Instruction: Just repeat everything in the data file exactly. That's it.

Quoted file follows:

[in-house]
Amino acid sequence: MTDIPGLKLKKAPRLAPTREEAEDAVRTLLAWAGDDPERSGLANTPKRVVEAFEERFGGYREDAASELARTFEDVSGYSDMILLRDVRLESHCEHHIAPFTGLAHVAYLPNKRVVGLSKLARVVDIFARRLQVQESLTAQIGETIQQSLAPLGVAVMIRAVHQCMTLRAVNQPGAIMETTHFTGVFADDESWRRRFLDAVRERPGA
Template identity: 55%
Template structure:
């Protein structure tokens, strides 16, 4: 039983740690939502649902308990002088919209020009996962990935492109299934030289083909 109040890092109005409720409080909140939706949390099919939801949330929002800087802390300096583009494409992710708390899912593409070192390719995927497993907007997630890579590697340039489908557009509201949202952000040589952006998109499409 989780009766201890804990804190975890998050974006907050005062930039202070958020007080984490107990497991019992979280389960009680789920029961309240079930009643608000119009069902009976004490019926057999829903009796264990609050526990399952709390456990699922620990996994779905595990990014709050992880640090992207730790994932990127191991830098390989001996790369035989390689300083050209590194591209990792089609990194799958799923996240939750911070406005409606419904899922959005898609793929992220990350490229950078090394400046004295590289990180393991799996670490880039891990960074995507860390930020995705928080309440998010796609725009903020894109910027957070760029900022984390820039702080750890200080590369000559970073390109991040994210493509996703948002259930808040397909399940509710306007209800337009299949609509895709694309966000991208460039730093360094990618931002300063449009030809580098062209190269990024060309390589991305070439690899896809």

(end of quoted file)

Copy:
[in-house]
Amino acid sequence: MTDIPGLKLKKAPRLAPTREEAEDAVRTLLAWAGDDPERSGLANTPKRVVEAFEERFGGYREDAASELARTFEDVSGYSDMILLRDVRLESHCEHHIAPFTGLAHVAYLPNKRVVGLSKLARVVDIFARRLQVQESLTAQIGETIQQSLAPLGVAVMIRAVHQCMTLRAVNQPGAIMETTHFTGVFADDESWRRRFLDAVRERPGA
Template identity: 55%
Template structure:
């Protein structure tokens, strides 16, 4: 039983740690939502649902308990002088919209020009996962990935492109299934030289083909 109040890092109005409720409080909140939706949390099919939801949330929002800087802390300096583009494409992710708390899912593409070192390719995927497993907007997630890579590697340039489908557009509201949202952000040589952006998109499409 989780009766201890804990804190975890998050974006907050005062930039202070958020007080984490107990497991019992979280389960009680789920029961309240079930009643608000119009069902009976004490019926057999829903009796264990609050526990399952709390456990699922620990996994779905595990990014709050992880640090992207730790994932990127191991830098390989001996790369035989390689300083050209590194591209990792089609990194799958799923996240939750911070406005409606419904899922959005898609793929992220990350490229950078090394400046004295590289990180393991799996670490880039891990960074995507860390930020995705928080309440998010796609725009903020894109910027957070760029900022984390820039702080750890200080590369000559970073390109991040994210493509996703948002259930808040397909399940509710306007209800337009299949609509895709694309966000991208460039730093360094990618931002300063449009030809580098062209190269990024060309390589991305070439690899896809």